SEC. RUMSFELD: Well, it was clearly promoted by Doug and others and it was clearly a good idea.
SEC. RUMSFELD: And it did happen, although it didn’t happen in a time frame or in a volume that many had hoped. And on the other hand, looking at it from Tom’s standpoint, it really wasn’t his business as such. It would be the business of people who were focused on the aftermath of the war and the postwar problems and the importance of having Iraqis having played a part in their own liberation.
Q: OK. You know, I don’t know how much time we have and I don’t want to, you know, take too much of your time. So I’m wondering if I could ask you for some examples of where Doug was a contributor. Would you credit him with particular – do you want to single out particular things that he advanced that you’re glad he did?
SEC. RUMSFELD: I mean, setting aside the war, he has been involved in the entire contingency planning process in the department for the last 3-1/2 years. He has been one of the initiators of the proliferation security initiative that the administration’s adopted, been one of the people who has been central along with the joint staff in fashioning our strategy with respect to the global war on terror. This global peace initiative that we’re working on has been a big thing. One other thing that we’re working on and it’s received a lot of publicity, of course, is the global footprint and our posture around the world and our security engagement process and how we rearrange ourselves after the 20th century.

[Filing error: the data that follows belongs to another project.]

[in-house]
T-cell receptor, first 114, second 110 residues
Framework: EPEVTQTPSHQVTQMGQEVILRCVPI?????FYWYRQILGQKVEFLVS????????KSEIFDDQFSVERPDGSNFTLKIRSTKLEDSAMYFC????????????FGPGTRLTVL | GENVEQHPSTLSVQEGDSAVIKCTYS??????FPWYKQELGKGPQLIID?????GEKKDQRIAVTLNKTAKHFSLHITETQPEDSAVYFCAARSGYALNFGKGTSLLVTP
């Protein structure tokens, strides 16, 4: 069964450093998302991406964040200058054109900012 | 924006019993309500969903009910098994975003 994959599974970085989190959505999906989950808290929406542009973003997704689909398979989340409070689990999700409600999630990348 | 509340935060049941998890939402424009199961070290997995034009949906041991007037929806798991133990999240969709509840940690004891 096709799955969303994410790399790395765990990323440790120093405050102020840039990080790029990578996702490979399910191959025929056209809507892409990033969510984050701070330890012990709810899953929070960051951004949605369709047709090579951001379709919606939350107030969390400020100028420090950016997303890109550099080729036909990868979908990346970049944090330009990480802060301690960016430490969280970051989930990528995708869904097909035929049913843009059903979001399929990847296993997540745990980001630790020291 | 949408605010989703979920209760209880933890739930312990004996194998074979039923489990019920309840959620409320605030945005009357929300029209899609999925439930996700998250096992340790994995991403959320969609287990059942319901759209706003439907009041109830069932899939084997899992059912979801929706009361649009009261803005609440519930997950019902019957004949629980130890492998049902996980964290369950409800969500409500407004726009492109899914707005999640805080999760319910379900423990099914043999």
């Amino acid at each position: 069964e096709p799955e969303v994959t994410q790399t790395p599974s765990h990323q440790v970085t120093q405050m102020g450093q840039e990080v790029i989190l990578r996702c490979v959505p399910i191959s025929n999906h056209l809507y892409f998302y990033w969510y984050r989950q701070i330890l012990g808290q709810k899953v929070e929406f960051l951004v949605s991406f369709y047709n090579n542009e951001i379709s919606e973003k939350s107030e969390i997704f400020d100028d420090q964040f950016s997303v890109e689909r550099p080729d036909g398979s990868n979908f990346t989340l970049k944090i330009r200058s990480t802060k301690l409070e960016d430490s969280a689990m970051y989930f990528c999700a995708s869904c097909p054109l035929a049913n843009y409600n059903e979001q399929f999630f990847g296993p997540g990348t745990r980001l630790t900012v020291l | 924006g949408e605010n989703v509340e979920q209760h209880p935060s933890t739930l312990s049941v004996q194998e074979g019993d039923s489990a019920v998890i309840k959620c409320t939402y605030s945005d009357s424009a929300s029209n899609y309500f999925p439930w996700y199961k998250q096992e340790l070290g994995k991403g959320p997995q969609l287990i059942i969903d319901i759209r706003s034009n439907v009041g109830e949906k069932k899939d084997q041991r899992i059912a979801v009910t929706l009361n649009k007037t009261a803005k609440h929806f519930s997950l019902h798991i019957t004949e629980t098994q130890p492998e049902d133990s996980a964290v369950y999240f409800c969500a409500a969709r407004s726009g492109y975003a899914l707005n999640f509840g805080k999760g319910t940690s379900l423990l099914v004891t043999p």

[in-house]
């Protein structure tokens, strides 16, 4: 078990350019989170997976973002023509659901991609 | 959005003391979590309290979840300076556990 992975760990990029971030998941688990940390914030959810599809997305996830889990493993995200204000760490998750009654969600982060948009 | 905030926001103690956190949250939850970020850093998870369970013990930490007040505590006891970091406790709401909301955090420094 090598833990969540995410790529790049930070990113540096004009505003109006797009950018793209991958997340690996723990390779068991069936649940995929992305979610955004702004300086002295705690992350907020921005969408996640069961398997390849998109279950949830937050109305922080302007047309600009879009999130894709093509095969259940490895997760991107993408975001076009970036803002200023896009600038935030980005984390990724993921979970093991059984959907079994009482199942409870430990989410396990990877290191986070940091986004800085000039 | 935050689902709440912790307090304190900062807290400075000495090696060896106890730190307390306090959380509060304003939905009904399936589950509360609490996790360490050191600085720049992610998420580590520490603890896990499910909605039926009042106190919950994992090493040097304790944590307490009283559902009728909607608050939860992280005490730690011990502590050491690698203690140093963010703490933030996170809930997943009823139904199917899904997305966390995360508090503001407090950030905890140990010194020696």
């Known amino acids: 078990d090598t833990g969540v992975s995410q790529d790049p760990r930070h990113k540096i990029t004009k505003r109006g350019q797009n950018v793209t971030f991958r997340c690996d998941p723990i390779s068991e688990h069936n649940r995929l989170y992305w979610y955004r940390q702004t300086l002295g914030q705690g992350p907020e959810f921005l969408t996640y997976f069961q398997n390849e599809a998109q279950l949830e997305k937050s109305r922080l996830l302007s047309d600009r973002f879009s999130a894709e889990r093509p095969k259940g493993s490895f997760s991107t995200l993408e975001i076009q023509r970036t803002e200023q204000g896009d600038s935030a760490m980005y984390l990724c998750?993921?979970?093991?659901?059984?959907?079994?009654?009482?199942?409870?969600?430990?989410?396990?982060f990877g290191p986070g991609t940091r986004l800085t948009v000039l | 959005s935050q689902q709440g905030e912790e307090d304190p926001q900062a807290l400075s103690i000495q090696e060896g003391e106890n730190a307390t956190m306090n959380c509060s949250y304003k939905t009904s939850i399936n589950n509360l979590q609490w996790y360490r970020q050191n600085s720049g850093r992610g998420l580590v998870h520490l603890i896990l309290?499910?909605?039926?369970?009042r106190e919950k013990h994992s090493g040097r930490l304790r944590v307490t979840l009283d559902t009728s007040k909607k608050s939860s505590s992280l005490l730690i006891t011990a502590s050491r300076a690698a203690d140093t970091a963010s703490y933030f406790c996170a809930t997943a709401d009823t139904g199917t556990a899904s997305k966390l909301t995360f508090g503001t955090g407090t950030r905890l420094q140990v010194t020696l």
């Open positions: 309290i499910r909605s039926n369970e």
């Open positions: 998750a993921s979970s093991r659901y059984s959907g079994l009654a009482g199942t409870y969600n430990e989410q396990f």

Q: Oh, yeah, yeah. We’ve talked to – Doug and I have talked about that. Yeah.
SEC. RUMSFELD: And that is a big thing and it’s going to have lasting impact on the United States and how we’re set around the world, in terms of the usabilty of our forces. The contributions Doug Feith has made in this department are truly significant. And all the people know that. I mean, Tommy – people in the building know it, people outside the building know it. People in the interagency process know it and…
Q: You say Tommy knows it, too.
SEC. RUMSFELD: Oh, I’m sure he does. He’s a terrific guy. He just – things come out.
SEC. RUMSFELD: And I haven’t read his book, but…
Q: Oh, you should see the quote.
SEC. RUMSFELD: If his language is as colorful as it…
Q: It’s colorful.
SEC. RUMSFELD: Well, then you get a little flavor for him.
Q: All right. Well, listen, I thank you – oh, do you have a second to – I didn’t read the book, but I got a lot of clips on it, while I was trying to get in touch. And you know, he says Powell jumped the line of command, the chain of command complaining that we have to use massive force in Iraq and Franks says something like, hey, that was ’91, this is a different era, you know, we’re doing the right thing, et cetera. Do you have anything to say about those kind of things or?
SEC. RUMSFELD: Oh, I haven’t read it.
Q: OK. OK. Oh, where am I talking to you at?
SEC. RUMSFELD: The office in the Pentagon.
Q: OK, sir. Listen, thank you very, very much.
SEC. RUMSFELD: You bet you. Good to talk to you, Barry.
Q: Goodbye, sir.